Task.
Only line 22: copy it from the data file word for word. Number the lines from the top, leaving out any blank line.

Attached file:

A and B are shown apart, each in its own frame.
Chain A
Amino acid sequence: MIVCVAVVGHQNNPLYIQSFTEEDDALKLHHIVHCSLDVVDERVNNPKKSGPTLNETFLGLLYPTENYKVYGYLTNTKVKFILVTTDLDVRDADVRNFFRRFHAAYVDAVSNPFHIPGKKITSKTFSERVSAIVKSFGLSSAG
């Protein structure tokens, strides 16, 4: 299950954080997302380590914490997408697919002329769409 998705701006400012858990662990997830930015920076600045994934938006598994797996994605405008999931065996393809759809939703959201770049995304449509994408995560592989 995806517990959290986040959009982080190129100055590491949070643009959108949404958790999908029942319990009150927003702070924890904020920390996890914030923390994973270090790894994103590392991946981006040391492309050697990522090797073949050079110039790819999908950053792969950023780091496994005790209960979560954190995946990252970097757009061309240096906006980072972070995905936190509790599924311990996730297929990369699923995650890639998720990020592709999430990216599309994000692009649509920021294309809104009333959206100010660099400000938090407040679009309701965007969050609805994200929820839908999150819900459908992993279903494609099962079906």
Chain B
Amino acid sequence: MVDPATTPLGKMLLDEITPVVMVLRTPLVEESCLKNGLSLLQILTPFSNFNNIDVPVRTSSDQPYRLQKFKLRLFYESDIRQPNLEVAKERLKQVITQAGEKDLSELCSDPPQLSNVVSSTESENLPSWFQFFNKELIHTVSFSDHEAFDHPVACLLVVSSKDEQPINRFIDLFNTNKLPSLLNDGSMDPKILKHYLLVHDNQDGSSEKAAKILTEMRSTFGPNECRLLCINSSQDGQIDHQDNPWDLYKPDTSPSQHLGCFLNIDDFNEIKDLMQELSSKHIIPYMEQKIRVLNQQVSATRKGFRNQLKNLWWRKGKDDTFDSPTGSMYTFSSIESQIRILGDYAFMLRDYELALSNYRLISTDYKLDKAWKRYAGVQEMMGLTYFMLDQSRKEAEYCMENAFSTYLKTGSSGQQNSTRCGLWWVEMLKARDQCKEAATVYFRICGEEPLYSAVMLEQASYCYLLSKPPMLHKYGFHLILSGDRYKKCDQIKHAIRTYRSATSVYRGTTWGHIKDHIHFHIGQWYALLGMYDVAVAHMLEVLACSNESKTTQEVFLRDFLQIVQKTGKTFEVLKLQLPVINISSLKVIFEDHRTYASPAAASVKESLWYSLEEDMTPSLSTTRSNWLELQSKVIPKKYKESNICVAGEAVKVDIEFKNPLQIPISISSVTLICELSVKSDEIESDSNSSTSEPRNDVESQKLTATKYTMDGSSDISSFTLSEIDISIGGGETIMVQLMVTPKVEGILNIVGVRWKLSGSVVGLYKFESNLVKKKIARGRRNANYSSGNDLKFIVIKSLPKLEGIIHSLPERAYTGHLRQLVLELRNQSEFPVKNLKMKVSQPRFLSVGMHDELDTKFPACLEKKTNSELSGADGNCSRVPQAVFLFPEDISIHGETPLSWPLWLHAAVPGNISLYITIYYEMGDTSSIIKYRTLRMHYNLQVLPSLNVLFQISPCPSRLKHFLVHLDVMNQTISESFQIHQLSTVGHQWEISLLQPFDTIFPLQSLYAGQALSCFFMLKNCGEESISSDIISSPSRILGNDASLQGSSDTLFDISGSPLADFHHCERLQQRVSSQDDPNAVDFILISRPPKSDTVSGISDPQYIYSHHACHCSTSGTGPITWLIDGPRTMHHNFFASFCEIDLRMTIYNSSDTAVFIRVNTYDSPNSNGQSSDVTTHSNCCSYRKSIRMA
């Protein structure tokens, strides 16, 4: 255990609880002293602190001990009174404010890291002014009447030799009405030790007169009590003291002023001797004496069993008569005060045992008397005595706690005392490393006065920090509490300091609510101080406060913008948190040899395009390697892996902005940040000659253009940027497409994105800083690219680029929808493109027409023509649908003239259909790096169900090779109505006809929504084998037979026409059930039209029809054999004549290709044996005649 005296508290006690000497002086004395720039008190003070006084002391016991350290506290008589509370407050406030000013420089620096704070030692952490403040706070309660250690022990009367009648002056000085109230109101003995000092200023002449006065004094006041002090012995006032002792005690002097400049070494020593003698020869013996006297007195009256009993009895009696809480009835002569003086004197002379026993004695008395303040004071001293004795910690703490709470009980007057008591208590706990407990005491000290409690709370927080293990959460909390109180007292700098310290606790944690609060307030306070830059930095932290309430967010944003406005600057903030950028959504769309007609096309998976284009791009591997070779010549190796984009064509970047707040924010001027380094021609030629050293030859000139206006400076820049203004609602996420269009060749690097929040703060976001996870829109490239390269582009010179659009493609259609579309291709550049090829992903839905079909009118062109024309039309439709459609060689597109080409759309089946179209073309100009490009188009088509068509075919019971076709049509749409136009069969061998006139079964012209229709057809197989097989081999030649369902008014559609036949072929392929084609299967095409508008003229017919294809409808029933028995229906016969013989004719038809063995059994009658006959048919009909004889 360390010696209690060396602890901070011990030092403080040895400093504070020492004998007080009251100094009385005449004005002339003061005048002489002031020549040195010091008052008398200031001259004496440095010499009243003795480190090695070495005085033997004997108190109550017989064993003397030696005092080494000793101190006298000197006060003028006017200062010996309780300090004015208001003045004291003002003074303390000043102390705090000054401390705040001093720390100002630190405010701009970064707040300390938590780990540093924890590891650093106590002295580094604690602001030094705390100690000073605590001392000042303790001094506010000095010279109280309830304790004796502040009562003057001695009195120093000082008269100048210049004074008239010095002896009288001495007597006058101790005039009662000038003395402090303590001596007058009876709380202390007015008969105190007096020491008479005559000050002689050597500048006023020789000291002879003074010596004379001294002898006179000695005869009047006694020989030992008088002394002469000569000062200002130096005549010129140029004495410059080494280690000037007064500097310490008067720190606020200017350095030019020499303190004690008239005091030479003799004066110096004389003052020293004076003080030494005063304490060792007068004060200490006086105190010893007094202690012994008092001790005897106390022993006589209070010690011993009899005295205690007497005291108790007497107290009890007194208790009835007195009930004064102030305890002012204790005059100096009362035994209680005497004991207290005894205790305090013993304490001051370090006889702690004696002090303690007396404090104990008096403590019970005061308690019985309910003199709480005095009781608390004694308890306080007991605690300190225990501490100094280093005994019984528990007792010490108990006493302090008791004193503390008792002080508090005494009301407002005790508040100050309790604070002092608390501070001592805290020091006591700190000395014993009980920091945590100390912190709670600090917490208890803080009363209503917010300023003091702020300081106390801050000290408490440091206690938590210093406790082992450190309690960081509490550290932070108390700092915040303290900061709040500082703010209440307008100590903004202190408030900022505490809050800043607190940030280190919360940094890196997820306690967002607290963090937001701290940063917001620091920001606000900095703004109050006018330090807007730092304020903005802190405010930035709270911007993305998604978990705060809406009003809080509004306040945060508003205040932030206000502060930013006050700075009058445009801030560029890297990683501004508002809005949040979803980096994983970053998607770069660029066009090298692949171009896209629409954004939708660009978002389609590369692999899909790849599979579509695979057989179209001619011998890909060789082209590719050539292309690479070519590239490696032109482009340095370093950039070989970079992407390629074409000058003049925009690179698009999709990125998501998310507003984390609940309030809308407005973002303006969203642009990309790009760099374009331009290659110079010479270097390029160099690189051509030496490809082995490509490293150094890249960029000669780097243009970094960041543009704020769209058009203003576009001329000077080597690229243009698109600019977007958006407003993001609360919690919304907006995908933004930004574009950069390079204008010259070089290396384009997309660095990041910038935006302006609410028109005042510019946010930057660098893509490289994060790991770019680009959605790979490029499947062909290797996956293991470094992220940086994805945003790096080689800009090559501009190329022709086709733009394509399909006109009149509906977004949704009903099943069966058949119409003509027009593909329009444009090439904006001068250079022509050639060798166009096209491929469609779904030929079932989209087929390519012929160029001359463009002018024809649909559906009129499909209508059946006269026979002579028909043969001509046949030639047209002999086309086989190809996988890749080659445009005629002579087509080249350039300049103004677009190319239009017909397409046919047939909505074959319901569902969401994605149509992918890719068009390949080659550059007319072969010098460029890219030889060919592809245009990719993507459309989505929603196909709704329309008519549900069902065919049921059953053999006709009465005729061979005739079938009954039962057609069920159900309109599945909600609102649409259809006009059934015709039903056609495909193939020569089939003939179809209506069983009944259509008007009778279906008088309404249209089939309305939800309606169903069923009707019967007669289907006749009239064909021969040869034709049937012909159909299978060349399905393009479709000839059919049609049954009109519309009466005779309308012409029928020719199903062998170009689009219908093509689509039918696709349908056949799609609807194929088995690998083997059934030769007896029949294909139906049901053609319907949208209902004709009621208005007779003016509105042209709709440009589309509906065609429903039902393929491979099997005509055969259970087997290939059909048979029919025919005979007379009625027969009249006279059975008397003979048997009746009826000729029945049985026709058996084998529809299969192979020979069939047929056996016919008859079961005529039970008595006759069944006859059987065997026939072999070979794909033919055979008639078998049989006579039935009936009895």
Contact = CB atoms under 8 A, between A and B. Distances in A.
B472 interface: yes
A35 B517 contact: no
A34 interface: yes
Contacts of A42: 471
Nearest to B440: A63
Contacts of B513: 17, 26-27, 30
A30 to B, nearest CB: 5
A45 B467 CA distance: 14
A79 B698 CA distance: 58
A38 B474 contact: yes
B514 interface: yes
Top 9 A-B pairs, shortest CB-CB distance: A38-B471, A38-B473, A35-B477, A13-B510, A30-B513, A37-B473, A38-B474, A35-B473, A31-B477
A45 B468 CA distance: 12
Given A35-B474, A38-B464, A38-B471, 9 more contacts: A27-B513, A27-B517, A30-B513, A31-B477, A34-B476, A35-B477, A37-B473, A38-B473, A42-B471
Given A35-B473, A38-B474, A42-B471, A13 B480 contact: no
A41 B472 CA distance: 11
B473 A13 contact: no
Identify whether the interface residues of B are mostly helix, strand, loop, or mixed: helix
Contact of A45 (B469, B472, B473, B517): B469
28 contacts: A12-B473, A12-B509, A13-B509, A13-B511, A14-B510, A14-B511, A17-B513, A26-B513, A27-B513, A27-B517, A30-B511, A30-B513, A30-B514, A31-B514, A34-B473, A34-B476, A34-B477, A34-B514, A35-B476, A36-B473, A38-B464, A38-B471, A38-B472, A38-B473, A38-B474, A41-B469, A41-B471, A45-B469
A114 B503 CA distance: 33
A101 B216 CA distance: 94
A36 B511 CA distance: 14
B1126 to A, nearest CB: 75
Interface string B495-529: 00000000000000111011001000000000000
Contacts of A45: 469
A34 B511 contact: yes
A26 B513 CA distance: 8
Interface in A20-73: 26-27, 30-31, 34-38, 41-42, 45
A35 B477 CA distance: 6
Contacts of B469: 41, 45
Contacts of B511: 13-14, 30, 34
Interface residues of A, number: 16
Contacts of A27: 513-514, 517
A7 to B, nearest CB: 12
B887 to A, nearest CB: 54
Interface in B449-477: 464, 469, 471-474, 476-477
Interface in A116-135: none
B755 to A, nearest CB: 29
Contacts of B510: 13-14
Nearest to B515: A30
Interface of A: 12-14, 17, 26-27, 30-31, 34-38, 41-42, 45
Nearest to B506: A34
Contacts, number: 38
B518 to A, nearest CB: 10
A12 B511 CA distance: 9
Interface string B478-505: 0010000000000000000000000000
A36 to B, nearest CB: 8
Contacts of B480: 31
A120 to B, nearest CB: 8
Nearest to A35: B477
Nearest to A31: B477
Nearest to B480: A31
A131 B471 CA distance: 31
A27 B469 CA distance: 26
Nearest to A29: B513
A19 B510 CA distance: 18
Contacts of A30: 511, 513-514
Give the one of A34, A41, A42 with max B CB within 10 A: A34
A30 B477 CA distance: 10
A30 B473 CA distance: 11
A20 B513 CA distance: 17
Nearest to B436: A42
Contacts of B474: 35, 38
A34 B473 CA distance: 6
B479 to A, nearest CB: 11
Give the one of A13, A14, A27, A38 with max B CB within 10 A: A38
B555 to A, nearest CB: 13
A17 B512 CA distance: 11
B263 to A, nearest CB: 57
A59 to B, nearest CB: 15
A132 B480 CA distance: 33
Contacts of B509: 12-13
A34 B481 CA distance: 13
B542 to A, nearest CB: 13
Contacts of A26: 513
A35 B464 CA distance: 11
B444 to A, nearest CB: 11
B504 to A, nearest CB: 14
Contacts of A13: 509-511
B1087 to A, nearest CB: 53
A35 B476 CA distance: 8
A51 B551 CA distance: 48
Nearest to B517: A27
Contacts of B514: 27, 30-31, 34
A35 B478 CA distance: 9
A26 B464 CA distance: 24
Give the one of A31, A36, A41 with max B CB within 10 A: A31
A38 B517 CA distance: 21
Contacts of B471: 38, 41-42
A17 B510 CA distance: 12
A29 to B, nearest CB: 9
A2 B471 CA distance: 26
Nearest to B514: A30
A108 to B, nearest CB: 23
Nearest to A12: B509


Given A35-B474, A38-B464, A38-B471, 9 more contacts: A27-B513, A27-B517, A30-B513, A31-B477, A34-B476, A35-B477, A37-B473, A38-B473, A42-B471